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Classic Video Gamer

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Classic video gamers live for low-tech video games of days gone by. They love games invented way back in the '80s -- before all the advances in graphics and sound.

This is a Fathom cartridge for Intellivision systems. It is prized by classic video gamers as it is a very hard item to find.
Courtesy of: Steve R's Classic Cartridge Page

Some of the most popular golden-age games are Space Invaders and Joust, a game where a player flies on a bird and tries to dismount other players. Remember Pac Man, the little pill-munching orb? He's still popular in classic video game circles, too.

"Back then, the games had to rely on really good game play to keep you entertained because they didn't have the graphics and sounds that games today have," explains gamer Roger Earl.

Video games come in three types of packages: computer games, home console and arcade. Computer games are complex and full of simulations. Home consoles are simpler to use, often just home versions of arcade games. Arcade games are designed to be short and addictive.

That's what bothers some classic gamers about new "next generation" video games. Arcade games now are short and have to be continued by plugging in another quarter. In older games, if you played well you automatically earned extra time.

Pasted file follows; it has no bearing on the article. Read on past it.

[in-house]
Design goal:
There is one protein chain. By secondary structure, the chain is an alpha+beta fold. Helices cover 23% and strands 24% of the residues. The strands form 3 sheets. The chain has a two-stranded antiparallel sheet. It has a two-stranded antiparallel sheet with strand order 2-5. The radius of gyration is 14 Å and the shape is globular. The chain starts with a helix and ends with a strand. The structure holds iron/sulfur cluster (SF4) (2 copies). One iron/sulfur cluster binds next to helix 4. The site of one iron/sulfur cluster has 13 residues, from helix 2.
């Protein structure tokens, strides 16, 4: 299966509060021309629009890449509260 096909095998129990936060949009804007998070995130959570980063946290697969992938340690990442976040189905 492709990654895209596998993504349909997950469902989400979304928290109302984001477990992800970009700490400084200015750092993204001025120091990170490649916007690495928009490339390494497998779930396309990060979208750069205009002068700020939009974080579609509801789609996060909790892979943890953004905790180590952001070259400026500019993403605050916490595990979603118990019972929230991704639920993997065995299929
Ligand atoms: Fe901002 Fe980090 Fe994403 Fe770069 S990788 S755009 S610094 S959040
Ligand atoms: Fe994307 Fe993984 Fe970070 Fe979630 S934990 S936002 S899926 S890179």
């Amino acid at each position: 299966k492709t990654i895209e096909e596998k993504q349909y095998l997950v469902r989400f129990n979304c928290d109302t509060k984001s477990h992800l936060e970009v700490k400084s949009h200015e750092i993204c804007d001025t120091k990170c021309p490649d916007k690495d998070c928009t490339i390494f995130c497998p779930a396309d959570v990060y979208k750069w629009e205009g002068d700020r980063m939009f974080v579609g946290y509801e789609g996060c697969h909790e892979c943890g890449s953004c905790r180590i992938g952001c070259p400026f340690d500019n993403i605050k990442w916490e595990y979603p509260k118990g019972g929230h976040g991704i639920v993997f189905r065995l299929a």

"Another crucial quality of older games is the integrity of high scores," says Craig Pell, a gamer.

A high score used to be a mark of genuine achievement, because the only way to get an entry into an arcade game's high score table was through skill and endurance. "Now, of course, a high score is an indicator of the size of someone's wallet," he says.

Most people envision a video gamer as a reserved person who doesn't like to interact with others. However, many gamers say they enjoy meeting and playing with other people who share their hobby.

Many video gamers join clubs to share their favorite games, try new ones, discuss the various merits of games and meet new people.

The number of people playing video games is difficult to estimate. Millions of games for home machines and computers have been sold, but games can be played in arcades, too. It's estimated that most people under the age of 25 have tried playing a video game at least once.

Video games are played in arcades, on home consoles and on home computers. Some people play them in the office too, but that's not always recommended -- or even permitted! Some avid collectors even have coin-operated arcade games in their homes.

In the past decade, interest in arcade games has been decreasing while the home market has been increasing. In more recent years, the arcade market has rebounded thanks to the latest games.

The video games market is growing overall, especially in the computer games market.

The cost of equipment varies with the type of game that you want to play. Classic home consoles are the cheapest, generally costing $15 to $50 for the machine and $1 to $4 per cart.

Classic coin-operated machines (the type usually found in arcades) can cost between $50 and $1,000. The price depends on the game and its condition.